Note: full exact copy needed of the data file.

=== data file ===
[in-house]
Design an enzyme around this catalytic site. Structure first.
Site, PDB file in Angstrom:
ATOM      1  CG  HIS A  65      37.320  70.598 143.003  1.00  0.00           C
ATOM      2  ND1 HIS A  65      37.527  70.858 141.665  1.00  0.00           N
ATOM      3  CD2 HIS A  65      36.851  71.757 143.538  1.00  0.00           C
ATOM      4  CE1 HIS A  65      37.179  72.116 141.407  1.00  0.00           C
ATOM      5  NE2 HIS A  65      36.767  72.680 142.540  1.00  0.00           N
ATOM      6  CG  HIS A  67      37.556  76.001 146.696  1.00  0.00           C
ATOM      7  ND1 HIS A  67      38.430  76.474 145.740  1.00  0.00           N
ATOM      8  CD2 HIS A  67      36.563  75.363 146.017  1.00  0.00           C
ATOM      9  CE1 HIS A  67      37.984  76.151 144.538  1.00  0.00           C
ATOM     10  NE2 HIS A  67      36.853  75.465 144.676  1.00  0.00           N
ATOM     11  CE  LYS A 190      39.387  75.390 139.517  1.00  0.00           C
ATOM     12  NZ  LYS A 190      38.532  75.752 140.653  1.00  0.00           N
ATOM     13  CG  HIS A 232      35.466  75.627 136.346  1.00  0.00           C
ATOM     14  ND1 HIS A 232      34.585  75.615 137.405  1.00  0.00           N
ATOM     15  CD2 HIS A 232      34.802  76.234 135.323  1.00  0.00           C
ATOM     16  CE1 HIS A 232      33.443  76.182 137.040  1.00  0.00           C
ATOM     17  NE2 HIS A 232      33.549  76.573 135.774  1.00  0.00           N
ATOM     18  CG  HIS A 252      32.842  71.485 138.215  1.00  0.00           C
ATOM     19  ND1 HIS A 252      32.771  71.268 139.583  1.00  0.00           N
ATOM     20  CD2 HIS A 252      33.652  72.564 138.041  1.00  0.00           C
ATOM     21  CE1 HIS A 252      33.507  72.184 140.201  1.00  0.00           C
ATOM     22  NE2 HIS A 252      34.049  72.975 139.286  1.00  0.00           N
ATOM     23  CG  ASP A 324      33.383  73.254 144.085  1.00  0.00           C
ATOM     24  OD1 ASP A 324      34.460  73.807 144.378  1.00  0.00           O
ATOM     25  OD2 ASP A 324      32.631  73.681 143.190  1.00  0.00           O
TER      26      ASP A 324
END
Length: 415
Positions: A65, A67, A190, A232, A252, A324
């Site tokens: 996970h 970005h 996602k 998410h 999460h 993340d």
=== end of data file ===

[in-house]
Design an enzyme around this catalytic site. Structure first.
Site, PDB file in Angstrom:
ATOM      1  CG  HIS A  65      37.320  70.598 143.003  1.00  0.00           C
ATOM      2  ND1 HIS A  65      37.527  70.858 141.665  1.00  0.00           N
ATOM      3  CD2 HIS A  65      36.851  71.757 143.538  1.00  0.00           C
ATOM      4  CE1 HIS A  65      37.179  72.116 141.407  1.00  0.00           C
ATOM      5  NE2 HIS A  65      36.767  72.680 142.540  1.00  0.00           N
ATOM      6  CG  HIS A  67      37.556  76.001 146.696  1.00  0.00           C
ATOM      7  ND1 HIS A  67      38.430  76.474 145.740  1.00  0.00           N
ATOM      8  CD2 HIS A  67      36.563  75.363 146.017  1.00  0.00           C
ATOM      9  CE1 HIS A  67      37.984  76.151 144.538  1.00  0.00           C
ATOM     10  NE2 HIS A  67      36.853  75.465 144.676  1.00  0.00           N
ATOM     11  CE  LYS A 190      39.387  75.390 139.517  1.00  0.00           C
ATOM     12  NZ  LYS A 190      38.532  75.752 140.653  1.00  0.00           N
ATOM     13  CG  HIS A 232      35.466  75.627 136.346  1.00  0.00           C
ATOM     14  ND1 HIS A 232      34.585  75.615 137.405  1.00  0.00           N
ATOM     15  CD2 HIS A 232      34.802  76.234 135.323  1.00  0.00           C
ATOM     16  CE1 HIS A 232      33.443  76.182 137.040  1.00  0.00           C
ATOM     17  NE2 HIS A 232      33.549  76.573 135.774  1.00  0.00           N
ATOM     18  CG  HIS A 252      32.842  71.485 138.215  1.00  0.00           C
ATOM     19  ND1 HIS A 252      32.771  71.268 139.583  1.00  0.00           N
ATOM     20  CD2 HIS A 252      33.652  72.564 138.041  1.00  0.00           C
ATOM     21  CE1 HIS A 252      33.507  72.184 140.201  1.00  0.00           C
ATOM     22  NE2 HIS A 252      34.049  72.975 139.286  1.00  0.00           N
ATOM     23  CG  ASP A 324      33.383  73.254 144.085  1.00  0.00           C
ATOM     24  OD1 ASP A 324      34.460  73.807 144.378  1.00  0.00           O
ATOM     25  OD2 ASP A 324      32.631  73.681 143.190  1.00  0.00           O
TER      26      ASP A 324
END
Length: 415
Positions: A65, A67, A190, A232, A252, A324
């Site tokens: 996970h 970005h 996602k 998410h 999460h 993340d």